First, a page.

Gross domestic product, also known as GDP, is the monetary value of all the finished goods and services produced within a country’s borders. It’s a important economic measurement because it is one of the key methods used to gauge whether an economy is expanding or contracting. The overall dollar value per year is seen a snapshot of what value a specific country or region produced.
Below I have pulled a sample of countries from the developed world. You will see a graphic representation of the year-to-year change in GDP measured as a percent. I have also included a linear line, which is used to help show the rate which the country’s GDP rate of growth/contraction is changing overtime.
What you will see is that across the countries sampled, all have a downward trend since 1961 to 2015. Some are more steep than others, yet every country is not performing as well as it once did. This ultimately has an impact on your ability to realize investment returns. It also speaks to the strategy central banks around the world are taking. The banks are focusing on keeping interest rates low or even negative in order to put pressure on business and consumers to invest in projects and spend their money. Low borrowing costs equate to less risk when investing in a project or buying a debt financed item.
Low interest rates also cause the behavior of investors/savers to change. Since secured bank deposits earn little to nothing, other avenues must be used to realized a given return on your investment. This is why when the Federal Reserve, European Central Bank and Bank of Japan keep rates low or lower interest rates, the stock markets around the globe respond positively. At face value it seems odd, since keeping rates low is an indication of economic weakness, yet a consequence of low rates is the fact that savers must look to tools with greater risk in order to gain a return. This pushes money that would typically be outside the market into the market. Remember, all the nations listed below have a large population of retired or nearly retired people. These people are focused on saving, living off their savings and reducing their consumption of goods. They need a return on their money to live comfortably.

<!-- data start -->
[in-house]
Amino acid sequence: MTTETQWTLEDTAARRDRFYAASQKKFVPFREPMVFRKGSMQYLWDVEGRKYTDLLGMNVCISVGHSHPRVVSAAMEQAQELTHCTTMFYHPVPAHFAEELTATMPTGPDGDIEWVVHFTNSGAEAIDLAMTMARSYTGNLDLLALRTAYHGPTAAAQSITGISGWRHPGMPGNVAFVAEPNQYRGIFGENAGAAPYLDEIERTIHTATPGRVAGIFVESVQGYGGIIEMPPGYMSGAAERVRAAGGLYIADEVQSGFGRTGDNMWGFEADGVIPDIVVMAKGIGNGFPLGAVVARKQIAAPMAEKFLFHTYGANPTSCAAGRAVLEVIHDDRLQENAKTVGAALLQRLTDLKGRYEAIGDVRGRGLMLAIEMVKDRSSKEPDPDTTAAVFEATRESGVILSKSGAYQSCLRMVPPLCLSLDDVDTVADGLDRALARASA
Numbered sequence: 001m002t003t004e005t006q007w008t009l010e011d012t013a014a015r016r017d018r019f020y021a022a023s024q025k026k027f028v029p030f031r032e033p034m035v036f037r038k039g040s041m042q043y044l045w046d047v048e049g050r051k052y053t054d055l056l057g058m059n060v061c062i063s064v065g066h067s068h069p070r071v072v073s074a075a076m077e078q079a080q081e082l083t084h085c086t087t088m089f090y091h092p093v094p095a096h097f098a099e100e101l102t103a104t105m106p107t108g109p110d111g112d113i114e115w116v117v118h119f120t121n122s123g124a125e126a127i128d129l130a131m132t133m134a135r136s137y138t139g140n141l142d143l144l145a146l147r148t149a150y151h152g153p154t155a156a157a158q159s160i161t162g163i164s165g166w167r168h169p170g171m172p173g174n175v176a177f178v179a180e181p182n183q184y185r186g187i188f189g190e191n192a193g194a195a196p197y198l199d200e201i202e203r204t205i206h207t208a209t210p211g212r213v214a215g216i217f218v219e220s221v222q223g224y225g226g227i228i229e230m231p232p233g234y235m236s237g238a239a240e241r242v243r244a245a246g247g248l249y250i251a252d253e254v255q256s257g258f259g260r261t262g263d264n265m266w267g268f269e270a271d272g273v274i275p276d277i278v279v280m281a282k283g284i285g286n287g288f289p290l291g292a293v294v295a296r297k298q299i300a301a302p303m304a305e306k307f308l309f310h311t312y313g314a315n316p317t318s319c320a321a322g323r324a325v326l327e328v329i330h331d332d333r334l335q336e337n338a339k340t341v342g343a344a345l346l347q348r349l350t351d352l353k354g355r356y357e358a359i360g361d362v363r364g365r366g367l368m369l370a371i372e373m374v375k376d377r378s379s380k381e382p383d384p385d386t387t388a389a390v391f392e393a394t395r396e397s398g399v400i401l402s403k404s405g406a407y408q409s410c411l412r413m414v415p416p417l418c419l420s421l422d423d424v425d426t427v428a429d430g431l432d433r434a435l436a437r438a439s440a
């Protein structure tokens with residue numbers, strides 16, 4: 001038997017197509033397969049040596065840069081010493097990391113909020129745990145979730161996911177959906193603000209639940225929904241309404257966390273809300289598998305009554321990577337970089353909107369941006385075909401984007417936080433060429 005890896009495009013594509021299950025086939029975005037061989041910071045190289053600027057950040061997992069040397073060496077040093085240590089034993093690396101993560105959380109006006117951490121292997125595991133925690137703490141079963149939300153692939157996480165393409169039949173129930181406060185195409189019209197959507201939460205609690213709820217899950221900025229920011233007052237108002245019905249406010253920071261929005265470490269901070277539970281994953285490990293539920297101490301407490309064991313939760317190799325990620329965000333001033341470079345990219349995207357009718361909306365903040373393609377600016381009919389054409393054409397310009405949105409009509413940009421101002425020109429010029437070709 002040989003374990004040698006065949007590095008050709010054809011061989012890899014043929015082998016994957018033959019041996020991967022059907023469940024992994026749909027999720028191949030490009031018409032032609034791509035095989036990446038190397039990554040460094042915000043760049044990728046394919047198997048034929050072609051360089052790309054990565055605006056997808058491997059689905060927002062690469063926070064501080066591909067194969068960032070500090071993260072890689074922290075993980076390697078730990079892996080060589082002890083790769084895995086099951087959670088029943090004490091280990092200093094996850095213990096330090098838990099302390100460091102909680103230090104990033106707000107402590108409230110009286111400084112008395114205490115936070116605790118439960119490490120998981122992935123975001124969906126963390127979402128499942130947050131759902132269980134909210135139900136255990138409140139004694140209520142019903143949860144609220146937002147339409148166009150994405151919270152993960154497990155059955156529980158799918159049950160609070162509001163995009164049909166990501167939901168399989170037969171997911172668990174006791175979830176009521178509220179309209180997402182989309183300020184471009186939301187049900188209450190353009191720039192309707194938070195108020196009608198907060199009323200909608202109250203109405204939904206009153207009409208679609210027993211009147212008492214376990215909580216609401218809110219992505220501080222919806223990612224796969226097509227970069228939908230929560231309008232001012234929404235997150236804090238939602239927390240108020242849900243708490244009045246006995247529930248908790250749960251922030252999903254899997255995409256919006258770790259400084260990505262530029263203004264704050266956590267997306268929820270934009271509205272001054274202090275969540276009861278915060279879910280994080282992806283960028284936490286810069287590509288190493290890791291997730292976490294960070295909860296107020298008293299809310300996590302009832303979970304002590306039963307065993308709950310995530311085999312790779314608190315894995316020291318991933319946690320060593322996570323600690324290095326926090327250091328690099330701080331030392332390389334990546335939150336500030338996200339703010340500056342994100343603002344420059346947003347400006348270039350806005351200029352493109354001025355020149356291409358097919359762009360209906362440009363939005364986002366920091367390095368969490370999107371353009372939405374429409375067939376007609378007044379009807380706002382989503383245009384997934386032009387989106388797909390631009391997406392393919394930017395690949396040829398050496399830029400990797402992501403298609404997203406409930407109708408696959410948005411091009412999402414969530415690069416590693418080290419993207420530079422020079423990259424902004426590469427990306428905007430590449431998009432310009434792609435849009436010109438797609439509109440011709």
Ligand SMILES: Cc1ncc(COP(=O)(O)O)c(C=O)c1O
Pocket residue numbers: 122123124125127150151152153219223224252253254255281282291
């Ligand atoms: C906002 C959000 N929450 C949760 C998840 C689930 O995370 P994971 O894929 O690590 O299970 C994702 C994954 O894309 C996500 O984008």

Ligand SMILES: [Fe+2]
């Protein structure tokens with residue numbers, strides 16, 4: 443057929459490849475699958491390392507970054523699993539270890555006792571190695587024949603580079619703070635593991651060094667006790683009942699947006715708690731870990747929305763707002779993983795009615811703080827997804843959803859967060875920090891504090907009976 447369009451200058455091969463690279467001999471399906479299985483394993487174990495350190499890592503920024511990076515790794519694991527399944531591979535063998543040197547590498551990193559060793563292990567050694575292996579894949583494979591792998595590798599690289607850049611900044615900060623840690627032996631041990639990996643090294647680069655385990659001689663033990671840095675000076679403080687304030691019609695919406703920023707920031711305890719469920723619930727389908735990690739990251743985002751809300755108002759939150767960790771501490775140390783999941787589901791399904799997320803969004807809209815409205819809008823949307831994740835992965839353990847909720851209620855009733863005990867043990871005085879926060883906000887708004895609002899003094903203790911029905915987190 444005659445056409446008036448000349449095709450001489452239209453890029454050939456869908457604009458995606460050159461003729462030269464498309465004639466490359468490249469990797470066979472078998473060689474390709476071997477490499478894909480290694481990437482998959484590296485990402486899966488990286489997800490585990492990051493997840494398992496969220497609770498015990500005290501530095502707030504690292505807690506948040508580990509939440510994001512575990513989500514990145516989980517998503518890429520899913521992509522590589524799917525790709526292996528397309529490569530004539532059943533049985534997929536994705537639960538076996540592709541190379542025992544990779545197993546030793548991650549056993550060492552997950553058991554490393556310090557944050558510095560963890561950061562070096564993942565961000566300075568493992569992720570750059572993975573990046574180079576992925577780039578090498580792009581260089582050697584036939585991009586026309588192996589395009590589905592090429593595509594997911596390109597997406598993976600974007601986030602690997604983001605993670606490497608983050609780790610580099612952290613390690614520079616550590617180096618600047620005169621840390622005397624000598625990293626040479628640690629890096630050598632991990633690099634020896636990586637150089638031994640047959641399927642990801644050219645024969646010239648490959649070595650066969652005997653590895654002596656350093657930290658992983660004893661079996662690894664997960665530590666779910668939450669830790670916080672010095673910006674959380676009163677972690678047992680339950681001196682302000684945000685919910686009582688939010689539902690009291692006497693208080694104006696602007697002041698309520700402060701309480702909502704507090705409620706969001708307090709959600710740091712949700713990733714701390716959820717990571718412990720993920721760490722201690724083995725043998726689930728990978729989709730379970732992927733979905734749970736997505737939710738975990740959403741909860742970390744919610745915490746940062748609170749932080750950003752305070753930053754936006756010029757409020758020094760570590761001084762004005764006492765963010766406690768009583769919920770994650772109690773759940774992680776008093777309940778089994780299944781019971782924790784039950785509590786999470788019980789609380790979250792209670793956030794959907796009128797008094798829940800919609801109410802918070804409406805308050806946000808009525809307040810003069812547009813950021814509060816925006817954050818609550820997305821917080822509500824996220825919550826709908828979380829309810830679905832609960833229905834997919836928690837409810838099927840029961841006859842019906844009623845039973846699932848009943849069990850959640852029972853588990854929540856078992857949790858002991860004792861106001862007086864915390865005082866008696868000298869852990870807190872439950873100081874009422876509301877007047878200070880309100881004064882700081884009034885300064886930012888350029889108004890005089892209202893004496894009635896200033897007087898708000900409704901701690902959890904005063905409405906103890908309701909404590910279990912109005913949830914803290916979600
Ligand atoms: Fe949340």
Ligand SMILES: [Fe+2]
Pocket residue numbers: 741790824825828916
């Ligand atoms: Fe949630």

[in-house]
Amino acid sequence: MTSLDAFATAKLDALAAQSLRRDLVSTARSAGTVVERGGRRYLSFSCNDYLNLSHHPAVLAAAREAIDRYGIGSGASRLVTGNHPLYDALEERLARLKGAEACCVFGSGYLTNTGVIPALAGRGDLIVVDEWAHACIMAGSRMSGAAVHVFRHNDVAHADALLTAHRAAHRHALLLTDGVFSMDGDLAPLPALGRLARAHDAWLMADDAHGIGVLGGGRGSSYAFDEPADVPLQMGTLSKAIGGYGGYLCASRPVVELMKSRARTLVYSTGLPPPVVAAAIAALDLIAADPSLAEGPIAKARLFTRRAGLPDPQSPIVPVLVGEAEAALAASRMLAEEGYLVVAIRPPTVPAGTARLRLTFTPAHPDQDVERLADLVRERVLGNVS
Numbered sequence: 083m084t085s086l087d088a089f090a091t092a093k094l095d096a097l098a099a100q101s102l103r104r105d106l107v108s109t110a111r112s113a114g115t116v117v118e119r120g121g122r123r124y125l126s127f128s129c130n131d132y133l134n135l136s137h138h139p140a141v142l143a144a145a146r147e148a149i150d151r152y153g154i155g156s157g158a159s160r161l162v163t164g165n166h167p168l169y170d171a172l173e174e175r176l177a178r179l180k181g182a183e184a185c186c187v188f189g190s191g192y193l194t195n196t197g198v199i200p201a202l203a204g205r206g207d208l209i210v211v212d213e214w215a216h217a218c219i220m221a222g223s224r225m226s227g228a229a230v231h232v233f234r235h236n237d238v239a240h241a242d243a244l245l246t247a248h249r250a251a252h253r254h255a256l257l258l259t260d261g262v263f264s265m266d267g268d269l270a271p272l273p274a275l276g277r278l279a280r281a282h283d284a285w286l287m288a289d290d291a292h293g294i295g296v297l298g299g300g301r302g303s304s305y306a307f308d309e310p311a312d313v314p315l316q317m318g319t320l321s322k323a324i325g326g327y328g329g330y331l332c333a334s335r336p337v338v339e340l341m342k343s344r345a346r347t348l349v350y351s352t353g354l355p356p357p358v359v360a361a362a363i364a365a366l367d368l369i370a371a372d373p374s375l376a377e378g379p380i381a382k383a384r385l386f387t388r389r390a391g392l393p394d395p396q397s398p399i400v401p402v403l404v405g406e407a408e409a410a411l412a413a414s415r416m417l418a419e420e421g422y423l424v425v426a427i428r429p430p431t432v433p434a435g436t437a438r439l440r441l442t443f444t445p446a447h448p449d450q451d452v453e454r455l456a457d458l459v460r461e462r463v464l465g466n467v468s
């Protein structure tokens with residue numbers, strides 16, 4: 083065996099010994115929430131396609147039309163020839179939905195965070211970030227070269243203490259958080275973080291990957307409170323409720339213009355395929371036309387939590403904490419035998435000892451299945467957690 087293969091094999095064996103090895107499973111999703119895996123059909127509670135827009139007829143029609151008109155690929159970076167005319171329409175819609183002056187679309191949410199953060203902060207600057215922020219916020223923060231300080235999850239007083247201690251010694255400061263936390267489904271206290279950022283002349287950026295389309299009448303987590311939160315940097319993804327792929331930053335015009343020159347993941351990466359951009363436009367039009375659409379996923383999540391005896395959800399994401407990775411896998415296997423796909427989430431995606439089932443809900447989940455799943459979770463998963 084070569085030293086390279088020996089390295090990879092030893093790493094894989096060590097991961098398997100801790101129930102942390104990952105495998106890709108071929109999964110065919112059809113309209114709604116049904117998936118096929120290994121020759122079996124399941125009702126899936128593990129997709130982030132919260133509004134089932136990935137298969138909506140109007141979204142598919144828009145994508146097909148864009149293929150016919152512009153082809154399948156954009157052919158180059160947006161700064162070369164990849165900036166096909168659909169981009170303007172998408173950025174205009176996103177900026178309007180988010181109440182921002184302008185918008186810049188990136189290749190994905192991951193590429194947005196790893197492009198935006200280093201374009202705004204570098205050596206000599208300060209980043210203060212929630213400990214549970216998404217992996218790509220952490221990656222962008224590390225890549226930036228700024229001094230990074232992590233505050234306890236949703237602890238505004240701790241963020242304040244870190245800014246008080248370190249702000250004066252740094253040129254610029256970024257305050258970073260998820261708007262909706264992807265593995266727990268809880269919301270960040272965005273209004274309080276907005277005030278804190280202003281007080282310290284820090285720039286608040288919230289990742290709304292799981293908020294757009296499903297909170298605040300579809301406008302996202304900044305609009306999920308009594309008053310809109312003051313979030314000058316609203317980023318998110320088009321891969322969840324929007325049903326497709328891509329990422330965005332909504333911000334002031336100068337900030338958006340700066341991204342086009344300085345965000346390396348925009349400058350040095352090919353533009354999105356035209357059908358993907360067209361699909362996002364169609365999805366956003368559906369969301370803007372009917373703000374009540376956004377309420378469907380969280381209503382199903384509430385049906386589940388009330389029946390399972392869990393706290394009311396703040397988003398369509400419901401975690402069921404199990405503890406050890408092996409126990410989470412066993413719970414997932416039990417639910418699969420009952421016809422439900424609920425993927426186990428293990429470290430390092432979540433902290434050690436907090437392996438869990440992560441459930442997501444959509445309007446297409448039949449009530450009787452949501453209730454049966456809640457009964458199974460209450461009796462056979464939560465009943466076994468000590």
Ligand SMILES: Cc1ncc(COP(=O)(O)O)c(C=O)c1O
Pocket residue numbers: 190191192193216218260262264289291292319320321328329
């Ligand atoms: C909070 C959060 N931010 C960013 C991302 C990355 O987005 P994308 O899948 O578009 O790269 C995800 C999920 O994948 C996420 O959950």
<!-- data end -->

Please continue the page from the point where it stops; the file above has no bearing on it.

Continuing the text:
Low borrowing costs also enable companies to do share buybacks, which reduce the supply of their stock.